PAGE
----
Running Virtual Machines on Raspberry Pi 4 with Wireless Bridging using KVM

Running Virtual Machines on Raspberry Pi 4 with Wireless Bridging using KVM

Getting Started

  1. Install an operating system of your choice on the raspberry pi. For the commands that follow on this guide, I used a 64 bit version of Ubuntu server OS.
  2. Follow this guide if you're facing issues with the first step -

Install Qemu and dependencies

  1. $ sudo apt-get install qemu-kvm libvirt-daemon-system libvirt-clients bridge-utils
    This installs the packages you might need. The repository config in the case of Ubuntu server was already baked in the image.
  2. sudo adduser `id -un` kvm
    This adds your user to the kvm group. This is an optional step if you want to not use sudo.

Enable cgroups for memory

  1. Append cgroup_enable=cpuset cgroup_enable=memory cgroup_memory=1 to /boot/firmware/cmdline.txt (or equivalent in other OS's). It will look something like this:
root@Hypervisor:~# cat /boot/firmware/cmdline.txt
net.ifnames=0 dwc_otg.lpm_enable=0 console=serial0,115200 console=tty1 root=LABEL=writable rootfstype=ext4 elevator=deadline rootwait fixrtc cgroup_enable=cpuset cgroup_enable=memory cgroup_memory=1
  1. Reboot, and then run virt-host-validate. Make sure all the responses are [PASS]ing.

Almost ready to go

  1. Download the boot media image for your Virtual Machine. In my POC, I used an Ubuntu server image ISO to keep things simple.
  2. Run the VM using your tool of choice, rt-install --name test_1 --memory 2048 --disk size=5 --cdrom ubuntu-20.04.1-live-server-arm64.iso
    This will give you a ASCII based installation interface for your VM running on Qemu. NOTE: We are using the default host based networking here and we will get to the bridging later.

Install your VM and get it running

Follow on screen instructions to get the OS installed on the VM.

Setting up the Wireless bridge

Raspberry PI's Wireless driver does not support native wireless bridges. Which is a known issue. There are many workarounds to get past this. People have attempted using ARP Proxy to success before.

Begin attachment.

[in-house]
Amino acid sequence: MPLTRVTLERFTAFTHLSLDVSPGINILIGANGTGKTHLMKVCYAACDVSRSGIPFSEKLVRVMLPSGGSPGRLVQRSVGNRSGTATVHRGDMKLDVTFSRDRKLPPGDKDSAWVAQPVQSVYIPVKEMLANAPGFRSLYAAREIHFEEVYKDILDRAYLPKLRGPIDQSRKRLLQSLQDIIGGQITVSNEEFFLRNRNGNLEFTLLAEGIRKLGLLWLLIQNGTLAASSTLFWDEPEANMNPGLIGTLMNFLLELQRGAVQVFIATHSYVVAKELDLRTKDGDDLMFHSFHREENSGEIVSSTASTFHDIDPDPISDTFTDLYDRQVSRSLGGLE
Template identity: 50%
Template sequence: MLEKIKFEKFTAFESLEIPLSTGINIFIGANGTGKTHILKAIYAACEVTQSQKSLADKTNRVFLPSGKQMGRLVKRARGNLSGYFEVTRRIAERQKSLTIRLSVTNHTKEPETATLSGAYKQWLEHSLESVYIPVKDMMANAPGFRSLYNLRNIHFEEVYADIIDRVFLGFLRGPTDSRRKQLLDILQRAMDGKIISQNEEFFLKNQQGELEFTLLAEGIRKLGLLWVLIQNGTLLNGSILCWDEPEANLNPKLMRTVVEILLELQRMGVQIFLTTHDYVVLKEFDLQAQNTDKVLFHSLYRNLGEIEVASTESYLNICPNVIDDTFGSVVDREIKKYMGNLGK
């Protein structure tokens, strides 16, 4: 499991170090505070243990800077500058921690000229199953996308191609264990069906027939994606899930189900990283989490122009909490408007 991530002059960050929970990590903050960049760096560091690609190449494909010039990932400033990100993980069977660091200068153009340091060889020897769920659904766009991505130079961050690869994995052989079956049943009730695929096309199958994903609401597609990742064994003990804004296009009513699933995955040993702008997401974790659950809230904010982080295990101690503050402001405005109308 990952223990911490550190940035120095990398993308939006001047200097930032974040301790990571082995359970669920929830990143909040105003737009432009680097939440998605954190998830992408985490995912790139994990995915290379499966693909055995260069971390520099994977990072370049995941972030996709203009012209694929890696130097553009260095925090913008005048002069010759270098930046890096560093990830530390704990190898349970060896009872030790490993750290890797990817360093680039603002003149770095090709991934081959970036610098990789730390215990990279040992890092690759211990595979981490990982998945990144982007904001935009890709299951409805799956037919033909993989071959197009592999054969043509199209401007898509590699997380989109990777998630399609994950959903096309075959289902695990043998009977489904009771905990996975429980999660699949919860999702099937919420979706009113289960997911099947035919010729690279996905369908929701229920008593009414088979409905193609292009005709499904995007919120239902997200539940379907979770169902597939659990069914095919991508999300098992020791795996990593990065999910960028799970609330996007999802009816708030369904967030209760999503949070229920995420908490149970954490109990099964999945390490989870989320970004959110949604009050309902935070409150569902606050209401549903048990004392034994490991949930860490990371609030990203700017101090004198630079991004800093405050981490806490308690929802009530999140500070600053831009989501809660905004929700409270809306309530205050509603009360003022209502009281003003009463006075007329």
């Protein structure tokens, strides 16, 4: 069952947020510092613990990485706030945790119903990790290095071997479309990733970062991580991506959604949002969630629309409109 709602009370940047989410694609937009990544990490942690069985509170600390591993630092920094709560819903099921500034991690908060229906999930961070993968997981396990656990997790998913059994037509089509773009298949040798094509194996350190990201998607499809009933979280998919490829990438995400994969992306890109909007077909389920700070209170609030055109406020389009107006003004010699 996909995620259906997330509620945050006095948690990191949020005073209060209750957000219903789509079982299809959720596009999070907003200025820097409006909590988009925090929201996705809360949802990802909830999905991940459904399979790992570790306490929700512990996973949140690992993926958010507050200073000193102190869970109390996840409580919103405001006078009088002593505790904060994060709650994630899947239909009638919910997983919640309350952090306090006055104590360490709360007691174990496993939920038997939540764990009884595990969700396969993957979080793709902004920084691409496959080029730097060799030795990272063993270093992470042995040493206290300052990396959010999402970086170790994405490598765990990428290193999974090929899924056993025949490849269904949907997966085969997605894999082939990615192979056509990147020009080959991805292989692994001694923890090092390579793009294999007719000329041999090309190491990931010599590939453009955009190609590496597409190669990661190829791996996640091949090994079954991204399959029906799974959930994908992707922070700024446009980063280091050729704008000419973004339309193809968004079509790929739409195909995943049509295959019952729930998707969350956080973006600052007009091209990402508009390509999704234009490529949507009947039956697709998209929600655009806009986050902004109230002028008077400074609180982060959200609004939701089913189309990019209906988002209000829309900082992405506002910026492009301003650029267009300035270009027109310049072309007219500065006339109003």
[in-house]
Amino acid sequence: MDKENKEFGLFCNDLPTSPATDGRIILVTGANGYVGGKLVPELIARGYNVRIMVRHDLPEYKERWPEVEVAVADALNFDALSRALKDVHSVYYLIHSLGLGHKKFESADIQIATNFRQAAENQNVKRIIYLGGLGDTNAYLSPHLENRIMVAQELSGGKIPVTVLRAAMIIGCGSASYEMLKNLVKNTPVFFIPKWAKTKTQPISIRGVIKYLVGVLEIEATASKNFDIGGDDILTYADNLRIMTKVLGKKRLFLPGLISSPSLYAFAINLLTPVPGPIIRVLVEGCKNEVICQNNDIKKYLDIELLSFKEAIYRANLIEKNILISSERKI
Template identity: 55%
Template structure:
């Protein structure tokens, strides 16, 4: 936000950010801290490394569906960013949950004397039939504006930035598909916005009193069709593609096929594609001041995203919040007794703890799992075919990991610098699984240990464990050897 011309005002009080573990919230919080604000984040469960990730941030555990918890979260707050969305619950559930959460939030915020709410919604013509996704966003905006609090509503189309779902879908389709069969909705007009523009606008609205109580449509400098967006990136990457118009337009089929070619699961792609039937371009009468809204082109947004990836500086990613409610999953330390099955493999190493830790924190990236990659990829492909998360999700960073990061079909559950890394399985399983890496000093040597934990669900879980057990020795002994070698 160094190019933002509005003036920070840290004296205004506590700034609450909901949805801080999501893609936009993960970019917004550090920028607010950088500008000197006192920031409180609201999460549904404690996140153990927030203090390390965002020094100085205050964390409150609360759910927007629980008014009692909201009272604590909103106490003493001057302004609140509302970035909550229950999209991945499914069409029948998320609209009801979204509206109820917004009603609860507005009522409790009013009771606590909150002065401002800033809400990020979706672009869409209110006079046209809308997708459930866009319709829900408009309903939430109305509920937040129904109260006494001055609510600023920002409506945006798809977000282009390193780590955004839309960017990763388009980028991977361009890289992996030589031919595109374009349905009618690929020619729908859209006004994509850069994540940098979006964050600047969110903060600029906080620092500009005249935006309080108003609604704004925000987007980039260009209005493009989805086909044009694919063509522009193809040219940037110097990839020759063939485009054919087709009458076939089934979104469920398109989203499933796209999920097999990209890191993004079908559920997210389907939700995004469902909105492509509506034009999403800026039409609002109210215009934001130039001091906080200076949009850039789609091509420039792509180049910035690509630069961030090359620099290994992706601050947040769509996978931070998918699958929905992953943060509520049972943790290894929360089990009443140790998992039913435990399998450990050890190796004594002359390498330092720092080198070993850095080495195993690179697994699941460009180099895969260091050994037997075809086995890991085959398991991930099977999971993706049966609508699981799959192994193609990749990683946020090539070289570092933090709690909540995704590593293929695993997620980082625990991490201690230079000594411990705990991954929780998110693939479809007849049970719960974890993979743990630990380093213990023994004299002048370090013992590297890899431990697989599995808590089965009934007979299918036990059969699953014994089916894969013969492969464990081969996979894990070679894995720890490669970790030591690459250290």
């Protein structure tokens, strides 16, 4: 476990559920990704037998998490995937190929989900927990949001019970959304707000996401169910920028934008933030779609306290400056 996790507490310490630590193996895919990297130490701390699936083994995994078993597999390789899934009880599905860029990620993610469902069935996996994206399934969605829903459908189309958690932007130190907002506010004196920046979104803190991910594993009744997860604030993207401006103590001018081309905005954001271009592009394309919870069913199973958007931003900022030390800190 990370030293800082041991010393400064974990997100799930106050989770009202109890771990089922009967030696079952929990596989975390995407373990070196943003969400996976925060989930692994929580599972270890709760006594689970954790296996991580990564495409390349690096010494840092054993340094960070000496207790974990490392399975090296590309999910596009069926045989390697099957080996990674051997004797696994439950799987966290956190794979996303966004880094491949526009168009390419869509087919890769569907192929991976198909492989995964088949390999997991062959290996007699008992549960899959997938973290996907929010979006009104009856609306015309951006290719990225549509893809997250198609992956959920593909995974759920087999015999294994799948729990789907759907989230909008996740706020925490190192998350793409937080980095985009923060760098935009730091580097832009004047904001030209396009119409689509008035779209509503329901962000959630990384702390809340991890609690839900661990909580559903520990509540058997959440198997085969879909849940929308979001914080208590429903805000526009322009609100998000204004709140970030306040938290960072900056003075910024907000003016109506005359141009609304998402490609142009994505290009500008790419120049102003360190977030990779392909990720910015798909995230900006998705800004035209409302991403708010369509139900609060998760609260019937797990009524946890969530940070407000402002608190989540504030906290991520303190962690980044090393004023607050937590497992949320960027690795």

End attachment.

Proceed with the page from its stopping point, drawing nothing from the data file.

For our setup, we're going to use the Slack's open source project, Nebula. Nebula is a scalable overlay networking tool with a focus on performance, simplicity and security. It lets you seamlessly connect computers anywhere in the world.
In my set-up, I already had Nebula running on a VM with a public static IP. To use Nebula in the best capacity, it is recommended to have that.
Generate certificates for each VM that you are running on the Raspberry Pi with Nebula and proceed to install Nebula agent on it as a non lighthouse node.
Unfortunately, at the time of this write-up; there is no process to automate installation of Nebula (I'm planning to work on one).

Check that Nebula's interface is working with the following command:

pi@test_1:~$ ip a | grep nebula -A4
3: nebula1: <POINTOPOINT,MULTICAST,NOARP,UP,LOWER_UP> mtu 1300 qdisc fq_codel state UNKNOWN group default qlen 500
    inet scope global nebula1
       valid_lft forever preferred_lft forever
    inet6 fe80::a045:1afa:b700:96dd/64 scope link stable-privacy
       valid_lft forever preferred_lft forever


userx000@Hypervisor:~$ virsh list --all
 Id   Name     State
 1    test_1   running

If we attach to the VM with virsh attach test_1, we see that there's no one logged in except for the one with serial console.

pi@test_1:~$ w
 04:29:23 up 20:42,  1 user,  load average: 0.07, 0.02, 0.00
USER     TTY      FROM             LOGIN@   IDLE   JCPU   PCPU WHAT
pi       ttyAMA0  -                04:29    1.00s  0.20s  0.01s w

Now I try to SSH in using Nebula's private IP:

pi@testbed01:~$ w
 04:29:23 up 20:44,  2 users,  load average: 0.07, 0.02, 0.00
USER     TTY      FROM             LOGIN@   IDLE   JCPU   PCPU WHAT
pi       ttyAMA0  -                04:29    1.00s  0.20s  0.01s w
pi       pts/0    04:29   10.00s  0.09s  0.09s -bash

Hit me up with quesitons, comments and feedback. I'll be happy to address them! My current twitter username is @oswalpalash

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